HIGHLY sensitive government records – containing the bank account details and addresses of Blackpool residents – were found dumped in an alleyway.
Hundreds of letters and documents detailing National Insurance and phone numbers, lists of benefits and even one man’s prison release dates, were discarded in a Department for Work and Pensions mail sack.
It was found – dumped on top of bin bags – in an alleyway off Erdington Road, central Blackpool.
An investigation was today underway after plumber Graham Aspinall spotted the sack and reported it to police.
Mr Aspinall, 51, from Ansdell Road, South Shore, said: “I couldn’t believe what I was seeing when I opened the bag.
“This could have so easily fallen into the wrong hands and a criminal would have had an absolute field day with the information in here.
“I was dropping off an oil drum to a friend’s house when I saw it, you couldn’t miss the DWP in letters on the side.
“I’ve no idea how it got there, but I’m shocked this was left lying in the street.”
Blackpool Police said Mr Aspinall had done the right thing by taking the bag for safekeeping and notifying them as soon as possible.
The DWP today said an investigation had now been launched.
A spokesman said: “We take any loss of personal data very seriously.
“We have now successfully retrieved the documents in question and are carrying out a full investigation into this matter.”
But Sunday’s shock find has sparked widespread concern.
Gordon Marsden, MP for Blackpool South said: “I will be writing a letter demanding the DWP conduct a full scale, urgent review of how this information came to be left on the street.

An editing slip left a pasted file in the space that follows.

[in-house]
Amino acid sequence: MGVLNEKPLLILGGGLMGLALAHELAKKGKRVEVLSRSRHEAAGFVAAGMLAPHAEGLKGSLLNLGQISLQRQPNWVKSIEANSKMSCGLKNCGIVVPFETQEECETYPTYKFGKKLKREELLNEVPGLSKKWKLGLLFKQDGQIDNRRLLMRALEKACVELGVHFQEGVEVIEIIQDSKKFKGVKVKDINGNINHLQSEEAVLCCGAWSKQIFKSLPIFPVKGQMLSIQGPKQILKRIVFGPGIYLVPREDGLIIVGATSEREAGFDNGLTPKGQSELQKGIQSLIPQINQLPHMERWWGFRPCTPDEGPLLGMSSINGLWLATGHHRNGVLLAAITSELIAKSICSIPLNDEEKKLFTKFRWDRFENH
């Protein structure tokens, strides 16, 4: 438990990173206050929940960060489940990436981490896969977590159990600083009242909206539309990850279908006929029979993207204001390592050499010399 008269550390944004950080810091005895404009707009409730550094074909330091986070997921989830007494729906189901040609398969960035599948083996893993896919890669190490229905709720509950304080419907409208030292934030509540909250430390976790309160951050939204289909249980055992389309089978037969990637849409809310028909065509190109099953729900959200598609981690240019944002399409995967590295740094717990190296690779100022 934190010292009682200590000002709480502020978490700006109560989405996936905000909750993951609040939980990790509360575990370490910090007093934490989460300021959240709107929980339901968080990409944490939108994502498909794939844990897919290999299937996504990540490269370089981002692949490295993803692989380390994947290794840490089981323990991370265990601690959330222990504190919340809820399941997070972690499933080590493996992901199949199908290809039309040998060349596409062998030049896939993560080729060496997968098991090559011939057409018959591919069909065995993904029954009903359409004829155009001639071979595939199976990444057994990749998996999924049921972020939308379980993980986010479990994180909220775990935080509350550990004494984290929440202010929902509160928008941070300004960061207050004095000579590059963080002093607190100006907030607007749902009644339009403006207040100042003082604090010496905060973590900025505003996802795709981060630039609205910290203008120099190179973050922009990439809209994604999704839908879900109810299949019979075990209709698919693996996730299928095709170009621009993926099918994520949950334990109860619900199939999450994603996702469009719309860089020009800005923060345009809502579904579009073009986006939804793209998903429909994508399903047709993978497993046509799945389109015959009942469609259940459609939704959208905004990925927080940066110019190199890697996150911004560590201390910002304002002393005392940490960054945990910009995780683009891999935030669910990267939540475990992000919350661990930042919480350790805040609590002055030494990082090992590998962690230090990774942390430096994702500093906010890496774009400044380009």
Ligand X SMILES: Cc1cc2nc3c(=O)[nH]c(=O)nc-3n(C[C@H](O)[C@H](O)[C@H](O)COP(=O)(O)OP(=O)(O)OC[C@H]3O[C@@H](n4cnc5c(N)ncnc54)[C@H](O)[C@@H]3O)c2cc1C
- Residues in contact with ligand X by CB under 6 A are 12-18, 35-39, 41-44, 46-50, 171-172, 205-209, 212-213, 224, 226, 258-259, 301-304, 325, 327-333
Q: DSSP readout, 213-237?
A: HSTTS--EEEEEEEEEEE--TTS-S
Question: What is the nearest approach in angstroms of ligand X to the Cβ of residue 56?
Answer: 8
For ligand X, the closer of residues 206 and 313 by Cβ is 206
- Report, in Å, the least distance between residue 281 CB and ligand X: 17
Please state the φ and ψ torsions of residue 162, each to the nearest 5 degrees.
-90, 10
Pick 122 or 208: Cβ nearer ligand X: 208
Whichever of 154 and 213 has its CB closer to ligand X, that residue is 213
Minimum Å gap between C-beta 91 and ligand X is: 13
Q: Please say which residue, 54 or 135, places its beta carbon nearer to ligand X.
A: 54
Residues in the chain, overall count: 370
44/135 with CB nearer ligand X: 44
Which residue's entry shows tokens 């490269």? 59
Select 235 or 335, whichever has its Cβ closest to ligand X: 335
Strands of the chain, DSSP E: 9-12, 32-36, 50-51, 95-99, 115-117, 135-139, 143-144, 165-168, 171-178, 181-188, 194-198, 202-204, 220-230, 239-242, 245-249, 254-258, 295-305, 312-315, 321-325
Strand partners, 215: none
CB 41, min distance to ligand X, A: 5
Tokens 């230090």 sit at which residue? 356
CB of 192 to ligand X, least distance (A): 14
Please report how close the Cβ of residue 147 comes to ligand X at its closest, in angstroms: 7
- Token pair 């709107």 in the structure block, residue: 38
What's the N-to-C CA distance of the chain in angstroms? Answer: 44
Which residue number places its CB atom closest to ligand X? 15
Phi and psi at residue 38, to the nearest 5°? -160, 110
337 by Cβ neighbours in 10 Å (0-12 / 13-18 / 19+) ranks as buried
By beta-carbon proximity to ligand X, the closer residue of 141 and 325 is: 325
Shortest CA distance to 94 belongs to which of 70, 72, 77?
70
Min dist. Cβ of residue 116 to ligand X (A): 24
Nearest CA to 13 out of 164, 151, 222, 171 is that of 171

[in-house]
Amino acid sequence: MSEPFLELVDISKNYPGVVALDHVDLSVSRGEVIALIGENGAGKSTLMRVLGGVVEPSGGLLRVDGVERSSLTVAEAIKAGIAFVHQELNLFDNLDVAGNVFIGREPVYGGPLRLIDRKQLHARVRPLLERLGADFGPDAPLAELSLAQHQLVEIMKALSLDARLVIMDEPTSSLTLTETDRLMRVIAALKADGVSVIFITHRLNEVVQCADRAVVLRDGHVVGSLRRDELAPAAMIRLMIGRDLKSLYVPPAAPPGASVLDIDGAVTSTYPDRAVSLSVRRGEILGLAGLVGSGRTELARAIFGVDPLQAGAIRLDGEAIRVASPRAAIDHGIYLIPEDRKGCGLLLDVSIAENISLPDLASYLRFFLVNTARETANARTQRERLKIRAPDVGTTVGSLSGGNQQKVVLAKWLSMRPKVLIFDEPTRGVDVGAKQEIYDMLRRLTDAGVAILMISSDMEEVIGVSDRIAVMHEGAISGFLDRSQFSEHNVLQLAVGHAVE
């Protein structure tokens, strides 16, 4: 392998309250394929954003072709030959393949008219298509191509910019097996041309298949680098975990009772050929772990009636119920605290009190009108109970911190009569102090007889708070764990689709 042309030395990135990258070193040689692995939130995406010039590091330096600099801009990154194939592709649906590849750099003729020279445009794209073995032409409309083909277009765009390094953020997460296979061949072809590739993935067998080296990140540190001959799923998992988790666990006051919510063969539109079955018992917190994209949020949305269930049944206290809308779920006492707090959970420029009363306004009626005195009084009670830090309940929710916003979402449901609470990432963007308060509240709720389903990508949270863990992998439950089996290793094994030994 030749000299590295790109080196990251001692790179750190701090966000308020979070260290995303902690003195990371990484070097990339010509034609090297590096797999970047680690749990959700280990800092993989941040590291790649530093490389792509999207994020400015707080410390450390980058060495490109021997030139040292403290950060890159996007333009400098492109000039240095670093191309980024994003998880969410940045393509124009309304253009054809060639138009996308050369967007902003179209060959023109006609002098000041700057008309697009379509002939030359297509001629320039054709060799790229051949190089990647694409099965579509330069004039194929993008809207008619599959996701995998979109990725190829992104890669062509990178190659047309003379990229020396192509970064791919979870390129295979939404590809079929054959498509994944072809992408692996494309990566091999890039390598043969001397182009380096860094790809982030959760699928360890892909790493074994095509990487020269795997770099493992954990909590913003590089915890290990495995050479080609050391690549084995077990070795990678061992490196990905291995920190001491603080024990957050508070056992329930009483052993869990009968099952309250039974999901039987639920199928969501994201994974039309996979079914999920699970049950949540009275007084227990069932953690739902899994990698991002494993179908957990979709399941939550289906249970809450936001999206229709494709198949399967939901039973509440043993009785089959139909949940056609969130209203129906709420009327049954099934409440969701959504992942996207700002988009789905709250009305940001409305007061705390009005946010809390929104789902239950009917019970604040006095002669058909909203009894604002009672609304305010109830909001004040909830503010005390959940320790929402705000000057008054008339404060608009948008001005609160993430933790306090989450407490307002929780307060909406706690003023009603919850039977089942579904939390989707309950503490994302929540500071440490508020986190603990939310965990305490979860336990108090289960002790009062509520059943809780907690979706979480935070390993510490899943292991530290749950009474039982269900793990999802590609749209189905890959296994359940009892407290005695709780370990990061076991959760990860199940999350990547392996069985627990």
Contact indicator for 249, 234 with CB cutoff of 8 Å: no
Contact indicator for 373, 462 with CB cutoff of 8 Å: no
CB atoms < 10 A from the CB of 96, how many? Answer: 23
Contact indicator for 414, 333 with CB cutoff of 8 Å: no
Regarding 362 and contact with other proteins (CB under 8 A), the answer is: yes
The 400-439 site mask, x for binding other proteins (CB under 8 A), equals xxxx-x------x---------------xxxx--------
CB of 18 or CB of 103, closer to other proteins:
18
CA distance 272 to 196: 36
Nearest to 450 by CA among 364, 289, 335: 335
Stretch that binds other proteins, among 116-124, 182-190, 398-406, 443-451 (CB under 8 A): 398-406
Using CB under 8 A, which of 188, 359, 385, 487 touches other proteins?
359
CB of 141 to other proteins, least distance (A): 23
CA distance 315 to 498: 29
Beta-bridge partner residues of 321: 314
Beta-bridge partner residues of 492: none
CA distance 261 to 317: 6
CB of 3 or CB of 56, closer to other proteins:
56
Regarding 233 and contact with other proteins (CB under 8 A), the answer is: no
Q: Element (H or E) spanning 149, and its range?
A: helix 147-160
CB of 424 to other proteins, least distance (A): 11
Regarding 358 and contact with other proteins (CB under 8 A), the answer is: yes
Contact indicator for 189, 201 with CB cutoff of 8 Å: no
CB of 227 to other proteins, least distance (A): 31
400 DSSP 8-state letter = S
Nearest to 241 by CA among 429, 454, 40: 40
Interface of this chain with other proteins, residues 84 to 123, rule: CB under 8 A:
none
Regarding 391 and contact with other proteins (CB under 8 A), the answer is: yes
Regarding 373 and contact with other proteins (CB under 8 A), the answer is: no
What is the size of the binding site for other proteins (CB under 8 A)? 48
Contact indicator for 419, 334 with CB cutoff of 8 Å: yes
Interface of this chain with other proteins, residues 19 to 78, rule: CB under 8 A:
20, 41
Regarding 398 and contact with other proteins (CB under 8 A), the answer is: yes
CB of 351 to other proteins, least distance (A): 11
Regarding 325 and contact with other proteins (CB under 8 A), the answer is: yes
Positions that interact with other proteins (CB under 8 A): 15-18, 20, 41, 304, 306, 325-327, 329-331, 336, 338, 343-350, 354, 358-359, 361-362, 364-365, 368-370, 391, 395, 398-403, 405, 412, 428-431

“It’s extremely concerning for members of the public to be told their most personal details have been compromised in this way.
“No Government department should be allowing sensitive information like this to be left where people could potentially use it for harm.”
Organisations who handle sensitive public information are bound by the terms of the Data Protection Act.
Those found not to be taking adequate precautions to protect data could find themselves slapped with a fine of up to £500,000 by the Information Commission’s Office.
Paul Maynard, MP for Blackpool North and Cleveleys added: “I’m sure many people will share my alarm that such sensitive personal information has been found.
“I hope the DWP will be able to offer an adequate explanation as to why it happened, and how they intend to ensure it never happens again”.
Coun Mary Smith, who is ward councillor for Bloomfield, said: “This is diabolical and how terrifying for people whose information has been left on the street.
“You hear so many cases of people who have had their identity stolen, this could have easily got into the wrong hands.”
The Information Commissioners Office, which oversees the protection of public data, has vowed to investigate the find.
A spokesman said: “We will be making inquiries into the circumstances of the alleged breach of the Data Protection Act before deciding what action, if any, needs to be taken.”